|Publication number||US3626801 A|
|Publication date||Dec 14, 1971|
|Filing date||Apr 8, 1969|
|Priority date||Apr 8, 1969|
|Publication number||US 3626801 A, US 3626801A, US-A-3626801, US3626801 A, US3626801A|
|Inventors||Moore William T|
|Original Assignee||Moore William T|
|Export Citation||BiBTeX, EndNote, RefMan|
|Patent Citations (5), Referenced by (6), Classifications (8)|
|External Links: USPTO, USPTO Assignment, Espacenet|
United States Patent 2,550,249 4/1951 Hull 84/41 1 3,215,019 11/1965 Sloan... 84/411 3,482,479 12/1969 Della-Porta 84/41 1 Primary Examiner- Richard B. Wilkinson Assistant Examiner-Lawrence R. Franklin Attorney-Wofi'ord and Felsman ABSTRACT: A tuning mechanism for percussion-type instruments having a tunable head adjacent a shell characterized by a friction-type tuning pin fitted within an aperture in the shell to frictionally engage the walls thereof and connected with the tunable-head, whereby rotation of the friction-type tuning pin varies the tautness in the tunable head and retains the tautness by frictional engagement with sides of an aperture in the shell into which the pin is fitted. Percussion instruments employing the tuning mechanism and details of material and construction are also disclosed.
Patented Dec. 14, 1971 3,626,801
TTOR/VEYS TUNING OF PERCUSSION INSTRUMENTS BACKGROUND OF THE INVENTION:
1. Field of the Invention This invention relates to musical instruments and tuning mechanisms therefor. More particularly, it relates to tuning mechanisms for percussion-type musical instrumentshaving a tunable head adjacent a shell means, and percussion-type musical instruments employing same.
2. Description of the Prior Art A wide variety of specific structures is known in the prior art for effecting tuning of percussion-type musical instruments. Generally, however, such tuning mechanisms have employed a plurality of attaching means for the shell, a plurality of attaching means for the tunable head, and one or more tensioning means therebetween that could be varied in length by employing nuts and bolts, or equivalent threaded structures. While such structure has beensatisfactory in performance, it is relatively expensive because of the time consuming assembly of the many pieces at each point of attachment. Moreover, adjustment of the tautness in a tunable head has required' an instrument such as a screwdriver.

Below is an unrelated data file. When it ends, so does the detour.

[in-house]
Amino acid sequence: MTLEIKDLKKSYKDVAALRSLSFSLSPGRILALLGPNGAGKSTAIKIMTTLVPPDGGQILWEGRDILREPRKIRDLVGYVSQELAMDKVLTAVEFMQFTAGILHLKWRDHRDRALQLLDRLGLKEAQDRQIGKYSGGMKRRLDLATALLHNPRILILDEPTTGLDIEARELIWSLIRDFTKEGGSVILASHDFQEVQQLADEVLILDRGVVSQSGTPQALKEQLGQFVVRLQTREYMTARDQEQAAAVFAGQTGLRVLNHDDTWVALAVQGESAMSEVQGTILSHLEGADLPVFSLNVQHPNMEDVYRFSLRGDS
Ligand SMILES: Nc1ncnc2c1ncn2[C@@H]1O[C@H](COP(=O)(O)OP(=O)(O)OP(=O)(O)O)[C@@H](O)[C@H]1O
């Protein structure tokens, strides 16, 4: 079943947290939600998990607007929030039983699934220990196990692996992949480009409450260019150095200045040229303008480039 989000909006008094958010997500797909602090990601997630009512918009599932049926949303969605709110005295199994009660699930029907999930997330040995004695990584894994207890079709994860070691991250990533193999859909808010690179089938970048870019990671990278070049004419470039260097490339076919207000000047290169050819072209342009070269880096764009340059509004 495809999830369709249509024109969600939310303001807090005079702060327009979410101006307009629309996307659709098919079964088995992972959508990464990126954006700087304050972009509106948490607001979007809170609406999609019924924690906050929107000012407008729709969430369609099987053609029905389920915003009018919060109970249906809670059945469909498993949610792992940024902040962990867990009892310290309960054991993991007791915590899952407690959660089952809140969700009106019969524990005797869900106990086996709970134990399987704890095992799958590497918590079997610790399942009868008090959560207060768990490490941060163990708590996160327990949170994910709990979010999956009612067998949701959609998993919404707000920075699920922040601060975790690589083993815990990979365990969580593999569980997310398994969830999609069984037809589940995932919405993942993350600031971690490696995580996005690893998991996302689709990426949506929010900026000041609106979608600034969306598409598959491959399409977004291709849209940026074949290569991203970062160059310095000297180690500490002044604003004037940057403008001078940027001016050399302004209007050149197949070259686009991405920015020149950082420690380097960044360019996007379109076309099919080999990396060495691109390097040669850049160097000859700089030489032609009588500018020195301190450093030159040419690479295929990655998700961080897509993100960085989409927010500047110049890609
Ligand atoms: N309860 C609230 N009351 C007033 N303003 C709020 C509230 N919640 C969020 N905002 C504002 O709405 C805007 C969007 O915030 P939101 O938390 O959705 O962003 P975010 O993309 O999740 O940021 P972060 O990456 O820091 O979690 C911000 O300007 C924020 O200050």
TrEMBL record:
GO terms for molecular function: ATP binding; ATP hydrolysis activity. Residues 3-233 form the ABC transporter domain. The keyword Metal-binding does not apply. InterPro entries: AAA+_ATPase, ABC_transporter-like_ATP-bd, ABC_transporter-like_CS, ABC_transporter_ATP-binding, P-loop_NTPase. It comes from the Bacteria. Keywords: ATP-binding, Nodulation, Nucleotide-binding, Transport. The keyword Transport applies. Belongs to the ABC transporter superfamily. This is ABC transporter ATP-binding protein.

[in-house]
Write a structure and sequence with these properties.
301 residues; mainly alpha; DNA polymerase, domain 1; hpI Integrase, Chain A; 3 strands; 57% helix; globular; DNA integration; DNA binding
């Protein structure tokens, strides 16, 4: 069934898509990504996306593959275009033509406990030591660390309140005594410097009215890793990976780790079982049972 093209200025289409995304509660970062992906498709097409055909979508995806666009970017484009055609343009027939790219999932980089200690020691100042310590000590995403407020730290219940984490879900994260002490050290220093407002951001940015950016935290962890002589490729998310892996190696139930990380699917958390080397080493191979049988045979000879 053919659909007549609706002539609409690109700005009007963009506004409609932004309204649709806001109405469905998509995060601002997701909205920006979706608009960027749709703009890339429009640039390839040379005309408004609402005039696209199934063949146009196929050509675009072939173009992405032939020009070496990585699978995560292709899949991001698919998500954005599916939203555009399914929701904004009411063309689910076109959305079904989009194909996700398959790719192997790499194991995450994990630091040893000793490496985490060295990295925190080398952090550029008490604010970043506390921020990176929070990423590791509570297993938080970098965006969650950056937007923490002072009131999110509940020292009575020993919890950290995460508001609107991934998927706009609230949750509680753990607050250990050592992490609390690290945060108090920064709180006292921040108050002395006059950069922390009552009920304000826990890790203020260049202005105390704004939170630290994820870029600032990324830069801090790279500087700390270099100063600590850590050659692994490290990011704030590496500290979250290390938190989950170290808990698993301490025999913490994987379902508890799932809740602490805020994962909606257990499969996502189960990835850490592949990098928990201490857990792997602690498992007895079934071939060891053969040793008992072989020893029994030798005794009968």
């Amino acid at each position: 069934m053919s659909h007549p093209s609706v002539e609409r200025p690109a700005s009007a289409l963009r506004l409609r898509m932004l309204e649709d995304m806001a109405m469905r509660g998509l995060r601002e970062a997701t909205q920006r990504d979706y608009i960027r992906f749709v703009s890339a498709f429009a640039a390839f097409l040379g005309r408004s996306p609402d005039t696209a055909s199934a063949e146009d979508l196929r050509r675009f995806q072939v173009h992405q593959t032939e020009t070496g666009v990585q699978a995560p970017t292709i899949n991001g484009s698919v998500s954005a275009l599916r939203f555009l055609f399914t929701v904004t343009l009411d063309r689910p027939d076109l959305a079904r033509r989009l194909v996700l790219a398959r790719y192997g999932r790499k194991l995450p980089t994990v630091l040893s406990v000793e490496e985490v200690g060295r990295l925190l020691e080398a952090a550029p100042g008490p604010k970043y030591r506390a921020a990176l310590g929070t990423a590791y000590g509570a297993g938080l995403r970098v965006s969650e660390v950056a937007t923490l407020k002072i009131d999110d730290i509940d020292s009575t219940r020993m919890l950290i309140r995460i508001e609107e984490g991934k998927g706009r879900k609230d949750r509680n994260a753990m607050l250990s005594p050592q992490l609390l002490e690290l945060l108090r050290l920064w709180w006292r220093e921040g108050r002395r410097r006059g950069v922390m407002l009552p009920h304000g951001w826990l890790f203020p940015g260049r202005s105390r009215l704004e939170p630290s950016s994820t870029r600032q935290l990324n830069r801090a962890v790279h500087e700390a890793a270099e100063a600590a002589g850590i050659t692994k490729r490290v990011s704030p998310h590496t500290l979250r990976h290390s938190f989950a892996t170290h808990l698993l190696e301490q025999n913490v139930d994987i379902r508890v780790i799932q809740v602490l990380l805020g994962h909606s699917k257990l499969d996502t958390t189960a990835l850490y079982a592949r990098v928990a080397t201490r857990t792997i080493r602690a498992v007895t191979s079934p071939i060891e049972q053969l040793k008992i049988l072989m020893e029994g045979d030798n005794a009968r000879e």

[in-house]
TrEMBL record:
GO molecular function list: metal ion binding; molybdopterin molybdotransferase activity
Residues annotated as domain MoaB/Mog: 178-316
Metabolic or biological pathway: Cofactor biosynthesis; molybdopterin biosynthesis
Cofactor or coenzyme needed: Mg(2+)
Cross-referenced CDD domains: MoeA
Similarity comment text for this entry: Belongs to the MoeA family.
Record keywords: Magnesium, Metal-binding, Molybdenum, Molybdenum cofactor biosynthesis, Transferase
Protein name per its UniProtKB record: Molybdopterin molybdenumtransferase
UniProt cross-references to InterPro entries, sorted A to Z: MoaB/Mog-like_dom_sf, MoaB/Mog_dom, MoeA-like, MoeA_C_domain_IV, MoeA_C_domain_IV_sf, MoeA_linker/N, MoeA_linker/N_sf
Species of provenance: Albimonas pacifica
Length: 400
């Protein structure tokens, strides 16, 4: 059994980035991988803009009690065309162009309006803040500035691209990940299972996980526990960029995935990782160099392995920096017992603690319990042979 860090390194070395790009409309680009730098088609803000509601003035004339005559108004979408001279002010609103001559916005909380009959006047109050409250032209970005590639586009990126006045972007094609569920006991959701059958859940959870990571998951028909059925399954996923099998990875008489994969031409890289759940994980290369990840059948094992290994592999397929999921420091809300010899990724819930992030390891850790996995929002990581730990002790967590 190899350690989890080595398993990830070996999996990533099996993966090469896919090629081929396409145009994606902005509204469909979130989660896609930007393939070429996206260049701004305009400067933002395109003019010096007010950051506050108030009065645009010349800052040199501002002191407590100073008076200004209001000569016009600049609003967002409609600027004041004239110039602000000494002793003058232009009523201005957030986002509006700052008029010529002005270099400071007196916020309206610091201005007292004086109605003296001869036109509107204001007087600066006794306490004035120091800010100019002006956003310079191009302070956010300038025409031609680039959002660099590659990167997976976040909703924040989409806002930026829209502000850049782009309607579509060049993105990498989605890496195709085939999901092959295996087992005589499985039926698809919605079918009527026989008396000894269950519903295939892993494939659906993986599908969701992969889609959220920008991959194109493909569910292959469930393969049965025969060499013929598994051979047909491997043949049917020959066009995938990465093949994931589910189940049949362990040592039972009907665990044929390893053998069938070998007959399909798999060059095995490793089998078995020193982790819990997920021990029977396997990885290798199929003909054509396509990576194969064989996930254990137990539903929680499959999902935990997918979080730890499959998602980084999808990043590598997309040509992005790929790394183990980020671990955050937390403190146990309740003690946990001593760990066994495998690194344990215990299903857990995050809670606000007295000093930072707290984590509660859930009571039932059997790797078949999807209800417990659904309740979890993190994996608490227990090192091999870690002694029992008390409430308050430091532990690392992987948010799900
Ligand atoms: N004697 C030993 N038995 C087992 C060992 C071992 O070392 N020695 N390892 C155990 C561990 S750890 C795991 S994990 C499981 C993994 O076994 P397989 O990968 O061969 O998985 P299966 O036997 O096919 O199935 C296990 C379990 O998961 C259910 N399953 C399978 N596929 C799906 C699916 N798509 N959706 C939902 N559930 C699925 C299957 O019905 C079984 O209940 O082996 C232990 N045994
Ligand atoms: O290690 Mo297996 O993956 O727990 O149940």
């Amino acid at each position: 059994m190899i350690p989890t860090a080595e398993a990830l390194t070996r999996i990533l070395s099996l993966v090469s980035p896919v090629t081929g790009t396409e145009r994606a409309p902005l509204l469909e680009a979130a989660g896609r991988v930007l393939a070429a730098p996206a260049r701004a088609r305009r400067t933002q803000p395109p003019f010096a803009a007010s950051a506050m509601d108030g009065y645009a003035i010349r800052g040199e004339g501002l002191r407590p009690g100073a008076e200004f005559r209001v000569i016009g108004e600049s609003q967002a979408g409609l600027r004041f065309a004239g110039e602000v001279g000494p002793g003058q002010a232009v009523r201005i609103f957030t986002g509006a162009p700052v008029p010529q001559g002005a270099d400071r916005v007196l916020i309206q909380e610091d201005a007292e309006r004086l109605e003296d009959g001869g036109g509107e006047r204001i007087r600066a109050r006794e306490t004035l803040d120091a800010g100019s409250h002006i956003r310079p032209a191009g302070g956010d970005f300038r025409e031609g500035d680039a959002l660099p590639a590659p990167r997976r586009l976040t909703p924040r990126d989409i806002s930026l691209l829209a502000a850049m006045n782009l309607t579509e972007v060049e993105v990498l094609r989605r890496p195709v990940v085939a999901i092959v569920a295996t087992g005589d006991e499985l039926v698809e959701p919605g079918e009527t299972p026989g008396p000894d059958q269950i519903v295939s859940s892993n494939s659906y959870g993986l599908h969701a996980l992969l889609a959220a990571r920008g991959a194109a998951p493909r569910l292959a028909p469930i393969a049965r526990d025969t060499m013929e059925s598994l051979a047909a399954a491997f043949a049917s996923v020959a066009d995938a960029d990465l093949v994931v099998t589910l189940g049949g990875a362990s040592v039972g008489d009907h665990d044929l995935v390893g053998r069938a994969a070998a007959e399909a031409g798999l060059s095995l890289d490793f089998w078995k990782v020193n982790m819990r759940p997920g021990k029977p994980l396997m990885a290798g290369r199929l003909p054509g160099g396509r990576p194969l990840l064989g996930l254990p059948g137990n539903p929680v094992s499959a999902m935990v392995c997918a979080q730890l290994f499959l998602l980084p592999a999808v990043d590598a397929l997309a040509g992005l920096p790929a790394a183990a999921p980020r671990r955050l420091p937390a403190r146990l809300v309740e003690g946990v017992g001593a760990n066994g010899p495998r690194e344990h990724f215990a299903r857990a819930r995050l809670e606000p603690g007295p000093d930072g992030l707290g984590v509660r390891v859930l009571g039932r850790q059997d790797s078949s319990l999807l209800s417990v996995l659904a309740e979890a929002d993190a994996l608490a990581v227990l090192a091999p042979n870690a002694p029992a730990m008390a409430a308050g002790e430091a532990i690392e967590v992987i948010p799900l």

Accordingly, itis an object of this invention to provide a simple, easily assembled tunable mechanism in a percussiontype musical instrument that can be readily tuned for use without requiring special tools.
BRIEF DESCRIPTION OF THE DRAWING FIG. I is an isometric view of a tambourine employing one embodiment ofthis invention. 3
FIG. 2 is a partial cross-sectional view of a side of a tambourine along line II-II. I
FIGS. 3 and 4 are isometric views of the insert means employed in FIG. 2. I
FIG. 5 is a partial cross-sectional view illustrating another embodiment.
FIG. 6 is a partial cross-sectional view illustrating still another embodiment ofthis invention. a
. DESCRIPTION OF PREFERRED EMBODIMENT(S) Wooden shells are preferred, because they have better resonance and because they can be restored to their original size and characteristics by treatment with a mixture of equal parts of glycerin and alcohol.
An aperture I7 is provided in shell 15. Insert means I9 is fitted with aperture 17 to effect frictional engagement with the walls 21 of aperture I7. Insert means 19 has a means; such as, diametral slot 23; for effecting rotation thereof within aperture 17. Insert means I9 also has engaging means; such as, aperture 25; for effecting a change in tension in a tensioning means; such as, tension member 27; when insert means 19 is rotated. Tension member 27 engages both insert means I9 and tunable head I3 for adjusting tautness of the tunable head 13 in response to rotation of the insert means I9. As can be seen in FIG. 2, tunable head I3 is emplaced between an outer annular ring 29 and an inner ring 31 and over the top edge 33 of shell 15. Tension member 27 slips over outer ring 29 holding tunable head I3 and slips into aperture 25 in insert means I9 for ready assembly. Tension member 27 has threadlike ridges 35 on its terminal means 37 inserted in aperture 25. The threadlike ridges embed to some extent in insert means 19 to prevent the terminal means from slipping out of aperture 25.
As can be seen clearly in FIG. 2, the means for effecting rotation may comprise a diametral slot 23-cut all or part way across the enlarged portion 39 of insert means 19. Enlarged portion 39 is larger than'aperture I7 and larger than the insert portion 43 of insert means 19 within aperture 17 in order that insert means I9 can be compressively fitted within the aperture in the shell means without being forced completely therethrough. Insert means 19 can be readily rotated by inserting a coin into diametral slot 23, without requiring special tools.
As can be seen in FIG. l, aperture 25 is eccentrically located with respect to the center of insert means 19. Thus, rotation of insert means 19 changes the distance from aperture 25 to the top edge 33 of shell means I5. Rotation in one direction increases the distance and effects downward movement of constant-length tension member 27, pulling downwardly outer annular ring 29 and increasing the tautness of tunable head I3. Conversely, rotation in the other direction moves aperture 25 upwardly; decreases the distance; and, correspondingly, decreases the tautness of tunable head I3.